The Disappearing Fee Trick: how Saito fixes blockchain security

The Disappearing Fee Trick: how Saito fixes blockchain security

By Lunatic Pandora | Saito | 23 Sep 2020


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A magician doesn’t normally reveal their tricks. But Saito is less magic than science. In this post we’re going to open the curtains and explain how it fixes the fundamental security problem in blockchain. Are you watching closely?

Problem: Relying on External Markets for Security

POW networks use an external market for hashpower to impose a “cost-of-attack” on block production. They then give the block reward to the block producer to avoid attacks on the payment faucet. This design makes producing blocks expensive, but also makes the 51 percent attack unavoidable. And since nothing guarantees that the slope of the supply curve for hashpower will remain steep, the mechanism is not even secure over the long-run: once you can buy 51 percent of hashpower for less than 100 percent of network revenue the network incentivizes attacks.

This isn’t just a problem with proof-of-work. While there’s a lot of buzz around proof-of-stake these days, replacing an external market for hashpower with an external market for stake accomplishes nothing except flattening your supply-curve faster. The fundamental economic problem is unaddressed, which may be why on the rare occasions POS developers wander deep enough into network incentives their tendency is to declare the problems unsolvable and retreat.

We can do better. Fixing these problems requires moving our “cost-of-attack” away from an external market and under the control of our internal consensus algorithm. Saito does this by making nodes burn transaction fees to produce blocks. Rules specify that nodes can only burn fees from transactions they can prove were routed to them (cryptographic routing signatures). The percentage of the transaction fee that nodes can use to meet this burn fee halves with each hop a transaction has made into the network prior to reaching them.

In short, instead of asking miners to sell tokens to buy energy and burn that to produce blocks, Saito tells them to burn the tokens directly. Honest nodes will do this for free (as they are burning user fees) but attackers must suddenly burn their own capital. As long as our block producer is not paid our cost-of-attack is guaranteed to be positive and we have perfect economic security: users can wait however many confirmations are needed to make network reorganizations unthreatening.

Problem: But we need to pay for the network, right?

“Making fees disappear isn’t enough; you have to bring them back. That’s why every blockchain needs a third act, the hardest part, the part we call The Golden Ticket.”

 

No network can rely on volunteers to provide high-throughput network infrastructure. And we want a commercially-supported network to maximize fee-throughput and cost-of-attack. So our first solution has provided a second problem. Saito needs to “unburn” its in-block fees and use them to pay for the network without destroying its cost-of-attack.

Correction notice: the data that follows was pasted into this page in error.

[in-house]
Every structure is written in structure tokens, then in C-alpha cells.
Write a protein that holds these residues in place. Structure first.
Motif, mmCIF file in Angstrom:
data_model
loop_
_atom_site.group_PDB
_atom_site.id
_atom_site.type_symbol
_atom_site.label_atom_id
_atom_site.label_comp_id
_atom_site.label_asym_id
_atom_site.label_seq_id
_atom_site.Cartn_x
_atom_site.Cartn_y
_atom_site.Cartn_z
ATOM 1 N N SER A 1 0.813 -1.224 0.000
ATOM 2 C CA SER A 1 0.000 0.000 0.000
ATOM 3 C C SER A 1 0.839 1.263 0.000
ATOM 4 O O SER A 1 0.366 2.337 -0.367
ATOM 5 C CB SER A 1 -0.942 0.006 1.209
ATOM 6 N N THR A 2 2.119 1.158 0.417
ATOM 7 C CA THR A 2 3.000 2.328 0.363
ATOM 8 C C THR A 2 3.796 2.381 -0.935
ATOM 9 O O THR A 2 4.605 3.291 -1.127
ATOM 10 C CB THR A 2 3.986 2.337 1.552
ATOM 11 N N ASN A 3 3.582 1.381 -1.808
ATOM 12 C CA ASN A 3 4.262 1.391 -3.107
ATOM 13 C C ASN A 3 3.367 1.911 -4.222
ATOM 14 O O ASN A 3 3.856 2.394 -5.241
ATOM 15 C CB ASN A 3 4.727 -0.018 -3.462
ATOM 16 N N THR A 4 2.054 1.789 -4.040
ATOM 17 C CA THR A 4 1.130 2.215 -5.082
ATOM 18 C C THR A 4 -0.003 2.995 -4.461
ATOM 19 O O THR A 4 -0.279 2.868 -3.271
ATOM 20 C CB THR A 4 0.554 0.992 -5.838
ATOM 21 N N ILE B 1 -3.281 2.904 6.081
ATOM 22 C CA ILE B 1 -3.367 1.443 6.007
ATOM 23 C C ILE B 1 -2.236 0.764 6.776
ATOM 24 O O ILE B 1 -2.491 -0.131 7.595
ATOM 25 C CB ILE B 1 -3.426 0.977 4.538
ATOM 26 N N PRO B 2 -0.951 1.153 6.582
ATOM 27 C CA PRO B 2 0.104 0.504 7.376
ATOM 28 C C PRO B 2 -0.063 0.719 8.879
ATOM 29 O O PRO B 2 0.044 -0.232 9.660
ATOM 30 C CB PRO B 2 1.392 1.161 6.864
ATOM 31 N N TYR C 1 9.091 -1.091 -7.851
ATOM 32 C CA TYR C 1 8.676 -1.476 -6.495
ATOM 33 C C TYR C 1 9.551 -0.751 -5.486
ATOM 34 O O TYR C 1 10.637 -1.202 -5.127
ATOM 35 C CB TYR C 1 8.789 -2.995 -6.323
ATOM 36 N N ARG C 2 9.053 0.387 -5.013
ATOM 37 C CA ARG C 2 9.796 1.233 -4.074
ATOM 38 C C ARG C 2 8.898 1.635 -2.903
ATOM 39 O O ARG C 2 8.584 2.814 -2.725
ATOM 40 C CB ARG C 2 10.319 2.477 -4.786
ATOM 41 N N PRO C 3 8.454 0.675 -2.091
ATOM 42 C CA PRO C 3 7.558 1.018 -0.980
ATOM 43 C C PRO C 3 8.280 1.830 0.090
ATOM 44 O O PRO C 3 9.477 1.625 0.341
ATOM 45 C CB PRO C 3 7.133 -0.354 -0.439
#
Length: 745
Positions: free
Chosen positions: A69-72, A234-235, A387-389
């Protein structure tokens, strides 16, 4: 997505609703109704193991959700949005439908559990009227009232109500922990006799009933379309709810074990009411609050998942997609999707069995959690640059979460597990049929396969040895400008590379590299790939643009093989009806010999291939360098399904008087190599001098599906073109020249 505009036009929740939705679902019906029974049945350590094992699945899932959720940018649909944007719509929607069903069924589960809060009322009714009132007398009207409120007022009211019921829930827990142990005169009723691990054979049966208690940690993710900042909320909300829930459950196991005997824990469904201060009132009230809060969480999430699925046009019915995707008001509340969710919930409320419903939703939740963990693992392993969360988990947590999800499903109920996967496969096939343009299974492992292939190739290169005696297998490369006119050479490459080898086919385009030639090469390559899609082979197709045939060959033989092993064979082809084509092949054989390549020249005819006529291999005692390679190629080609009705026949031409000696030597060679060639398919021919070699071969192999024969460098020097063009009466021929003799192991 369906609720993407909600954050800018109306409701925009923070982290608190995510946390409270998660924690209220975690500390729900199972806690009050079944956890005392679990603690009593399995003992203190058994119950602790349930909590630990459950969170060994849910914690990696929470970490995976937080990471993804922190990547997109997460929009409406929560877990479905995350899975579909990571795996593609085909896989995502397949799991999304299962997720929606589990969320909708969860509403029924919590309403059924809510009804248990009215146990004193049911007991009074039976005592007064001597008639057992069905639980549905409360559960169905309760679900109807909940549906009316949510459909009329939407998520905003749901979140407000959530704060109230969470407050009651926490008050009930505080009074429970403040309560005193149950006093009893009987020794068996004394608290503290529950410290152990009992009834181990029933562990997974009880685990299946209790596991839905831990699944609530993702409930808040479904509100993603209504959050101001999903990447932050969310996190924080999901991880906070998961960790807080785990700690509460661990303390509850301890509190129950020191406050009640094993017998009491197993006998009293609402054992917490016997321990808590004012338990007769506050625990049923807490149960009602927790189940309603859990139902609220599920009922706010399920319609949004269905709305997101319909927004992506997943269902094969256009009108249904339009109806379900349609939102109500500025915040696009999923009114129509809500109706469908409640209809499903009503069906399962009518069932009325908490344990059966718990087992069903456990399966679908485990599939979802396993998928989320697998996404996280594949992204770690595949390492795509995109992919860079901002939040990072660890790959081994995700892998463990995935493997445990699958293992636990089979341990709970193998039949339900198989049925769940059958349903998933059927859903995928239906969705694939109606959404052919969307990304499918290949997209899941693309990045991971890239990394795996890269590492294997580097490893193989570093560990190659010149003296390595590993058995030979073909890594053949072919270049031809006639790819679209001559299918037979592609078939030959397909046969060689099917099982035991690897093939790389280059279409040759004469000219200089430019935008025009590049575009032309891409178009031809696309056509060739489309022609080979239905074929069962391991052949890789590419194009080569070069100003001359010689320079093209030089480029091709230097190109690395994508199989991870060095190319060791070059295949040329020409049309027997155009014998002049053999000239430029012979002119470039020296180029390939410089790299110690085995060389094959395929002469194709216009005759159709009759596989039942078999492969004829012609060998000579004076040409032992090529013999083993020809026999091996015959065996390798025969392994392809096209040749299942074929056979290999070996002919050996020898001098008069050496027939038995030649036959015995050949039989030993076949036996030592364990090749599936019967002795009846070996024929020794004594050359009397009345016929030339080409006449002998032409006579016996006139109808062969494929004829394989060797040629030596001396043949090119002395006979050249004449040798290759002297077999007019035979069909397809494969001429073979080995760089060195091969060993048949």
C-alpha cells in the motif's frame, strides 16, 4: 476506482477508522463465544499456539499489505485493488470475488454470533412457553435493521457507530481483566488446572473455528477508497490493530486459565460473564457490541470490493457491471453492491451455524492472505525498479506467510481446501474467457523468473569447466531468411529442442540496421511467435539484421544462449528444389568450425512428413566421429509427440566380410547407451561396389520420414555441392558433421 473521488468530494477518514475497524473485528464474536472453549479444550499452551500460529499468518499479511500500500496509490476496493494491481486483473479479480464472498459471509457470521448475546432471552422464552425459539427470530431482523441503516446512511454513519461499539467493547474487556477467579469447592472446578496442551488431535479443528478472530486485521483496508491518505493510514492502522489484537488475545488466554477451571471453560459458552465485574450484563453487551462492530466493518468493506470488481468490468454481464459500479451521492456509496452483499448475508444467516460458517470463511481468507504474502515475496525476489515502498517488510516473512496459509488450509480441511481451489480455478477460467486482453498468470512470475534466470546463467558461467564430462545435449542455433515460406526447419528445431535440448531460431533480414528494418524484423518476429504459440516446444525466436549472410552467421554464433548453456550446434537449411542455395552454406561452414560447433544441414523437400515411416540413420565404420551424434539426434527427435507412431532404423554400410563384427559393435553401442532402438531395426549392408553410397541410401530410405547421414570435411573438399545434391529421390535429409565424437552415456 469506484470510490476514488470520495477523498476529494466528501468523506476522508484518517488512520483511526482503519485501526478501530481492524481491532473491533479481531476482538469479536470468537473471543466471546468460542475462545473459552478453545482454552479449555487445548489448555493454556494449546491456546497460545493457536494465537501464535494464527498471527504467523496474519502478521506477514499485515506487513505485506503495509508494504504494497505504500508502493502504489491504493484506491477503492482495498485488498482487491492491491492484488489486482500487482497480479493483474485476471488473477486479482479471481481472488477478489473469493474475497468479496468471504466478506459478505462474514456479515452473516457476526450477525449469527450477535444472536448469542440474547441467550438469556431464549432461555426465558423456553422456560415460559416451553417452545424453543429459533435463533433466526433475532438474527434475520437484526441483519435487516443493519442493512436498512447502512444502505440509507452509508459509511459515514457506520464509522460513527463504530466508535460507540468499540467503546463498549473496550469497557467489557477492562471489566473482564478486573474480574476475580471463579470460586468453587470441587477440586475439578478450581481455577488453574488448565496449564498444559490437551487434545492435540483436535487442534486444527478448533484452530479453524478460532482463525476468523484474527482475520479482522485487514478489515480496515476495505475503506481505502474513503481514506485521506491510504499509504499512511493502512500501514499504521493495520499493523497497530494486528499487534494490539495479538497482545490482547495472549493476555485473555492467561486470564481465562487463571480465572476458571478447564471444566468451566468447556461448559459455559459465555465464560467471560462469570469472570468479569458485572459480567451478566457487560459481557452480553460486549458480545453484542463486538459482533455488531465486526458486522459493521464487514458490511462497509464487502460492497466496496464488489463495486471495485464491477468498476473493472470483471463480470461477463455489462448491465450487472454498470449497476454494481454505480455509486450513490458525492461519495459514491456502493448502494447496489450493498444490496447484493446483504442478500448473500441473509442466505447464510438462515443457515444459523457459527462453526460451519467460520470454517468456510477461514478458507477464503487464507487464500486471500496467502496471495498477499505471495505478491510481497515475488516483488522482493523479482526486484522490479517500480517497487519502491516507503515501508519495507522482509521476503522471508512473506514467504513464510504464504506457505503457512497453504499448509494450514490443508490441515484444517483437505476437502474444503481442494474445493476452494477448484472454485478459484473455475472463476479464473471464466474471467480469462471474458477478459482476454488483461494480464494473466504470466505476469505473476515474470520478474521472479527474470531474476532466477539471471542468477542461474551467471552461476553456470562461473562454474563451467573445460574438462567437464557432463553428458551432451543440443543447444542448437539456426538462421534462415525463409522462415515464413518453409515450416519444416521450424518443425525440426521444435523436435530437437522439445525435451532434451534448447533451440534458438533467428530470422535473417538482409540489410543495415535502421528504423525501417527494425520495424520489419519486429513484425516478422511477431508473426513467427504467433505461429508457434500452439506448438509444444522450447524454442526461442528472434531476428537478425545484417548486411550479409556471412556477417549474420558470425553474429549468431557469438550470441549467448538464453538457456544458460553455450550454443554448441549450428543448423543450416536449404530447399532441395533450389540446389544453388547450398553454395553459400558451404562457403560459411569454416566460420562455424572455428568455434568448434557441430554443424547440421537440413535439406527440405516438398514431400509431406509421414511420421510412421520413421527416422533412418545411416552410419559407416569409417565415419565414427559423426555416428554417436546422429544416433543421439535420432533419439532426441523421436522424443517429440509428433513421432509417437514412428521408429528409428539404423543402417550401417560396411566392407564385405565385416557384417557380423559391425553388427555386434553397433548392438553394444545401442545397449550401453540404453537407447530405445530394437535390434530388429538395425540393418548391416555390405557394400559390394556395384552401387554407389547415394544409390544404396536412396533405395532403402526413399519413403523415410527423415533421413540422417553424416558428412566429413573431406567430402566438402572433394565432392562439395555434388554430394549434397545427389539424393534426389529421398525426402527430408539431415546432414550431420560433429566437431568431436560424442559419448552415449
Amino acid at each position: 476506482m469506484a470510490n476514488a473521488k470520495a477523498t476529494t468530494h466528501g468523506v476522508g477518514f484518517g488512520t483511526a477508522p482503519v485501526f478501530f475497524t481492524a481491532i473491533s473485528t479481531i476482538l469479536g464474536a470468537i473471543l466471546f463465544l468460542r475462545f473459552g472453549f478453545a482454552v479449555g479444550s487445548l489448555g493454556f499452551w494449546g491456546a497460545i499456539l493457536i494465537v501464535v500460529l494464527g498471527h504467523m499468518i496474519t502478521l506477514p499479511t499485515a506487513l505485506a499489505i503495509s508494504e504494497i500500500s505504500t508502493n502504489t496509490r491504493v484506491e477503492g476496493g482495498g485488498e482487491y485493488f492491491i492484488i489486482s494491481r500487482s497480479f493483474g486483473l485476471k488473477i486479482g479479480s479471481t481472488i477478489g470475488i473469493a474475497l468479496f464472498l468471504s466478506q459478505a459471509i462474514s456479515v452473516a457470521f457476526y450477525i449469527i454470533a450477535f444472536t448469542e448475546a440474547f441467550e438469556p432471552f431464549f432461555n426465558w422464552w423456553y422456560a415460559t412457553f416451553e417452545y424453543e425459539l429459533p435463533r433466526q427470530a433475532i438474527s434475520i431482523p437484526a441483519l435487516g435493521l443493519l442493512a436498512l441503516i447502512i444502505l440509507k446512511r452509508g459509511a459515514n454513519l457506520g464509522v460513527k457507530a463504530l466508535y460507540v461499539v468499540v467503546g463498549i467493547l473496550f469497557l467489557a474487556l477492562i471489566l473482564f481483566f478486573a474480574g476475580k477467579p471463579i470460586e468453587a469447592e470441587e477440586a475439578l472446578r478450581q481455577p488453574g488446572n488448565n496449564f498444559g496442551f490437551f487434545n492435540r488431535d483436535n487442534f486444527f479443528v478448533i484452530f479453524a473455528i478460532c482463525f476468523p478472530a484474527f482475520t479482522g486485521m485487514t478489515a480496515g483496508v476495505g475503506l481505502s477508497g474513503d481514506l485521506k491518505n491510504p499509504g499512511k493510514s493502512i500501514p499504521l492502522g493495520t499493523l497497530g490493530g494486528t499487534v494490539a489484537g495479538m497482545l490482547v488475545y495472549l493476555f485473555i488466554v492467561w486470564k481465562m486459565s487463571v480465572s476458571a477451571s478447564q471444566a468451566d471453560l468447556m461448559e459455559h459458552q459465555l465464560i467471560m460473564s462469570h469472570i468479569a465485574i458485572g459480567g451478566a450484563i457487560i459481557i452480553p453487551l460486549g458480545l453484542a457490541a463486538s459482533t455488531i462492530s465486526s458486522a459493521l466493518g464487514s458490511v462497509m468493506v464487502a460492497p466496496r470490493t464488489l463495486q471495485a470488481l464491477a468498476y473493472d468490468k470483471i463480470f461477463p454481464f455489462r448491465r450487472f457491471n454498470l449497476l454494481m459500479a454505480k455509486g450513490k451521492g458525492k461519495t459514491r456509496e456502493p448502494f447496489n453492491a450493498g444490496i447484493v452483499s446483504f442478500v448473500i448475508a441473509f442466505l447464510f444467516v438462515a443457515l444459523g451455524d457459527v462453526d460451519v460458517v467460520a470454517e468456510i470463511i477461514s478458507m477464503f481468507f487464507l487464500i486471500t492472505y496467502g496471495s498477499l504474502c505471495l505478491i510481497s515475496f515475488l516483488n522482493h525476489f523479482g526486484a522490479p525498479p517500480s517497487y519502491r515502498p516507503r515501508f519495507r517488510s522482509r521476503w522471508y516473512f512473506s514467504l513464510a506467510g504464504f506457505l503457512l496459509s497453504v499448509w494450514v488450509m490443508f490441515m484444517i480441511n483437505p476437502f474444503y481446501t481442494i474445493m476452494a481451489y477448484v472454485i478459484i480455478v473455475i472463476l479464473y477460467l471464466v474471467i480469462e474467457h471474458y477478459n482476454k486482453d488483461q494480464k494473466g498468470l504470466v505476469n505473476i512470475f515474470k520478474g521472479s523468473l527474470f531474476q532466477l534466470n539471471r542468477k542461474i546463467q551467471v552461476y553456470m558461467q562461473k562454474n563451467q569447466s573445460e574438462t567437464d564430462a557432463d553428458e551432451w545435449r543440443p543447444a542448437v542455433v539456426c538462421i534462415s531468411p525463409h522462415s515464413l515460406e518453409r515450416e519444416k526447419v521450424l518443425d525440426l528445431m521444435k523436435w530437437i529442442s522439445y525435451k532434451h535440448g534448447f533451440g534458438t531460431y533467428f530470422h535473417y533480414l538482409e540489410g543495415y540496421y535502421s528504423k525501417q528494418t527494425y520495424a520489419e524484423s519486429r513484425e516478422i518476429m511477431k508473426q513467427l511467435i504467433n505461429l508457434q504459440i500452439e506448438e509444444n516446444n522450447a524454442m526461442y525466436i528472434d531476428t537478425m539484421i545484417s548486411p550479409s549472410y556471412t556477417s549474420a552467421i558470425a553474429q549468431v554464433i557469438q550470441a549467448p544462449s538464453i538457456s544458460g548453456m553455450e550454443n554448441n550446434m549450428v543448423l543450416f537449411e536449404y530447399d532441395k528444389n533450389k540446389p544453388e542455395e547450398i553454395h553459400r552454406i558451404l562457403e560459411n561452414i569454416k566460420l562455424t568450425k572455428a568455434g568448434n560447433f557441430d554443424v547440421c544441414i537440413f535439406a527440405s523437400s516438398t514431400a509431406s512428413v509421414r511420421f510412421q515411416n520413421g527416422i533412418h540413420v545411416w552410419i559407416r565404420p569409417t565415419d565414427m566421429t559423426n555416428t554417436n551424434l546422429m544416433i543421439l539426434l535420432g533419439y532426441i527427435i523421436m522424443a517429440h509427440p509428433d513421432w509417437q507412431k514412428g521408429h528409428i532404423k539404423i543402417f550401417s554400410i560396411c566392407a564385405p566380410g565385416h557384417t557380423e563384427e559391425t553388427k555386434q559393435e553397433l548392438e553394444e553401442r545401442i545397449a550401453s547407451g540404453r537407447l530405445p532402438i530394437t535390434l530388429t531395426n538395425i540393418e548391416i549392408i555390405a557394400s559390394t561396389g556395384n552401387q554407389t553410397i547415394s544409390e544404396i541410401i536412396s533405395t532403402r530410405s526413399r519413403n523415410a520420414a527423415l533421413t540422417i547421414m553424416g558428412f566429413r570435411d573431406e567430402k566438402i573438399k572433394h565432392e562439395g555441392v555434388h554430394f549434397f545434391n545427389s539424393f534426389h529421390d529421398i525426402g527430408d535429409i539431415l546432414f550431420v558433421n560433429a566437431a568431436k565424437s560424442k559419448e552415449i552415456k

The solution divides our burned fees into two parts: half for routers and half for miners. Saito then uses a mining like lottery to pick winners. Miners start hashing once a block is produced. If they find a winning “golden ticket” they broadcast it into the network as a fee-paying transaction. Should that transaction be included in the very next block it unlocks the burned fees and distributes them to the lucky miner and a random node from the routing network. Essentially, instead of burning energy to produce blocks, Saito burns money to produce blocks and then burns energy to bring the money back.

The result looks and feels a lot like Bitcoin, but it eliminates the 51 percent attack completely. If attackers lock up their own money (to produce blocks) and hash lottery tickets (to get their money back) they lose everything they spend on mining. If attackers include transactions collected by honest nodes they double their potential payout but also double the hashpower needed to find a solution that pays them instead of an honest node. The mechanism is counterintuitive but elegant. 

Can the solution really be this simple?

If you’re interested in reading the full details of how Saito works, you can find more in our Saito whitepaper and network description. In production Saito adds a few additional features that drive cost-of-attack higher. An important lottery modification allows us to drain money out of circulation when and only when the network comes under attack, a step which pushes the cost-of-attack well over 100 percent of potential reward and ensures attackers always lose if they have to overpower honest nodes to control the blockchain.

If you are in the blockchain space and interested in fundamental solutions we encourage you to get involved with Saito. And if you have thoughts on Saito’s solution or questions about how it works please feel welcome to get in touch with us via our Telegram Group or Discord Channel. Saito is challenging because it removes conceptual middleware and forces us to wrestle directly with economics below the surface.

In the next few years, we expect the blockchain space will transform as people realize that “sharing money” is the only form of work that can provides a solid foundation for network security. When your form of work requires destroying money, you have a cost-of-attack that can scale with transaction throughput, that isn’t threatened by circular economic attacks, and that survives against many more since fee-paying users are the ones who ultimately decide which nodes earn profit.



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